Wednesday, August 5, 2009 - 4:20 PM

COS 79-9: Changes in root traits of oak-savanna dominants as affected by warming, rainfall distribution and competition

Astrid Volder, David D. Briske, and Mark G. Tjoelker. Texas A&M University


Southern oak savanna may be especially responsive to rainfall redistribution and climate warming during tree establishment as tree and grass species compete for water and other resources. Quercus stellata (post oak) and Juniperus virginiana (juniper) are the dominant C3 trees and Schizachyrium scoparium (little bluestem) the dominant C4 grass. We warmed monoculture and tree-grass plots and manipulated rainfall events to intensify summer drought and augment cool season rainfall compared to the long-term mean and measured growth and water potential for four years. Initially, the presence of grass increased water stress and reduced aboveground growth in seedlings of both tree species, however, the presence of juniper reduced water stress in grass plants compared to grass monocultures. As the trees grew in size, this pattern changed and trees performed better in mixtures with grass than in monocultures. To assess the role of belowground interactions we obtained root morphological data from in-growth cores collected three times per year over a four-year period.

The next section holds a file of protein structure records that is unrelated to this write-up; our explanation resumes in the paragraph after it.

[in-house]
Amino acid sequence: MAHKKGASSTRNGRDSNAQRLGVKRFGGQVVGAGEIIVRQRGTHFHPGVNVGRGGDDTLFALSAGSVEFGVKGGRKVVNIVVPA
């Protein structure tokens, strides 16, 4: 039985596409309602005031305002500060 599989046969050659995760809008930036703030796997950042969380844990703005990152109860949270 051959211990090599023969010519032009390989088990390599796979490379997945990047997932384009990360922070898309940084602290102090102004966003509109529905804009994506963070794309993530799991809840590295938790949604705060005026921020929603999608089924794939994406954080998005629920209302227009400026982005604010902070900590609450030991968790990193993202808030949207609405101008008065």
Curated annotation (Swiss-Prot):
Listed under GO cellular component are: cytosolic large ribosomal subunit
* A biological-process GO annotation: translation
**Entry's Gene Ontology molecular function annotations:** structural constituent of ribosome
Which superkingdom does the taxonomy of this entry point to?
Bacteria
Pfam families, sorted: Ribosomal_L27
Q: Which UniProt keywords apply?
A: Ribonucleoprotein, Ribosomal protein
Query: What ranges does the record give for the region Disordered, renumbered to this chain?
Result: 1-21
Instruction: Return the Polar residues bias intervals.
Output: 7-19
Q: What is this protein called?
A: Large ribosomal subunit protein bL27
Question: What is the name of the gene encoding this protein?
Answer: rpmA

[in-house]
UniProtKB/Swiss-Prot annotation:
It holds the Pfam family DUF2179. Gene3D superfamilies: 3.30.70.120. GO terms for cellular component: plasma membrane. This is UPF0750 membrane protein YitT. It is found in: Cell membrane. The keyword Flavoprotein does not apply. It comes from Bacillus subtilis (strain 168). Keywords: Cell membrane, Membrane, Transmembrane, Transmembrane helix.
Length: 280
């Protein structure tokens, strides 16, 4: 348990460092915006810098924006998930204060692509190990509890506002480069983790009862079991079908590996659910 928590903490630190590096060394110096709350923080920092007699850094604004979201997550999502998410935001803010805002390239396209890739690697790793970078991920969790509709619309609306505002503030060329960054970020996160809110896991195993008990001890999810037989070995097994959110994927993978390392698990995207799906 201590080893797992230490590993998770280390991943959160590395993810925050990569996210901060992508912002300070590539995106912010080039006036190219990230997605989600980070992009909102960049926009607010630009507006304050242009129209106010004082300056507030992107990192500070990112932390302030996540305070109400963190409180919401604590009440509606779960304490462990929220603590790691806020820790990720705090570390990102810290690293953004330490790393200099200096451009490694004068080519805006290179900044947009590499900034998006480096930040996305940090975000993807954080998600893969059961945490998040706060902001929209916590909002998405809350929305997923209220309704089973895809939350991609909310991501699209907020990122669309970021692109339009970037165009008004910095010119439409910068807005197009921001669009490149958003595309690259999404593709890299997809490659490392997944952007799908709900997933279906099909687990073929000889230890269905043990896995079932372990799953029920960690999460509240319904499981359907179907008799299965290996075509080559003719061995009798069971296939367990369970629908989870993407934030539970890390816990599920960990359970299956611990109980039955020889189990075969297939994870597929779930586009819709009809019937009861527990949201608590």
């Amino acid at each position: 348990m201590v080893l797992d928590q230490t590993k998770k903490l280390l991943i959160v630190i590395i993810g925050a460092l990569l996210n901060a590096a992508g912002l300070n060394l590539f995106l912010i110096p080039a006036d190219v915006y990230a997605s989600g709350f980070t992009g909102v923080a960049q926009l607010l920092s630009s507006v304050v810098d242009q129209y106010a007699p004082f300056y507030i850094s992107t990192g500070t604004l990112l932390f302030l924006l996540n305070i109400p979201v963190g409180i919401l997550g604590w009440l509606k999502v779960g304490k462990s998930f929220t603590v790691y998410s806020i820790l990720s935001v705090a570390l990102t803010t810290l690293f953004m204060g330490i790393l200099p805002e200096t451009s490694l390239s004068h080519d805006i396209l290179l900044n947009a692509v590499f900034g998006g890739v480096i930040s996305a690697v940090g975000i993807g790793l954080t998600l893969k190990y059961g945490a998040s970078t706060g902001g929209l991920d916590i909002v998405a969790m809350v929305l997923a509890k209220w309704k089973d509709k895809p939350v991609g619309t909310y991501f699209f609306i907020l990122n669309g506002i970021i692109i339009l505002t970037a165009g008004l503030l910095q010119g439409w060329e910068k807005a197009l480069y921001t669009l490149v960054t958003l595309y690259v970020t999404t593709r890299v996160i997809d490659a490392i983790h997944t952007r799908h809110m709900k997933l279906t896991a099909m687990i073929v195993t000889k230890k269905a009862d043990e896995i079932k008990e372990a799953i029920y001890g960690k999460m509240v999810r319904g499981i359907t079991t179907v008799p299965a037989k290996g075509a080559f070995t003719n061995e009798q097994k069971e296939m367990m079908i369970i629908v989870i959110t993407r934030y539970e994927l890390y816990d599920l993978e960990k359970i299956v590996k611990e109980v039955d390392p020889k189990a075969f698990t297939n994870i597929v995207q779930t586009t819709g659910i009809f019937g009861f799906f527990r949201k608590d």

Initially, root length density (RLD, kmroot m-3soil) of the grass tripled when grown with juniper compared to grass monocultures. This was partially due to an increase in specific root length (SRL, mroot g-1root) from 128 m g-1 in monoculture to 200 m g-1 in the plots with juniper, as well as an increase in root dry mass production. Juniper root characteristics were unaffected by the presence of the grass and juniper RLD was generally higher in the monocultures. Grass root characteristics were generally not affected by the presence of oak. As the juniper trees increased in size, grass RLD in mixtures with junipers decreased from a high of 15 km m-3 in March 2005 to 2.6 km m-3 in February 2008, likely as a result of a decreased number of grass tillers and a corresponding reduction in root length production in the plots with a grass-juniper mixture. In February 2008, RLD of the grass in plots with juniper was one third of the RLD of grass in monoculture plots, while SRL of grass roots in plots with juniper was still higher than that of roots of grass grown in monocultures, 205 m g-1 versus 155 m g-1. Occasional effects of either warming or precipitation distribution were found, but patterns were not consistent and varied seasonally and by species. These results indicate that there are strong effects of interspecies competition on root mass and length production and root characteristics of dominant oak-savanna species.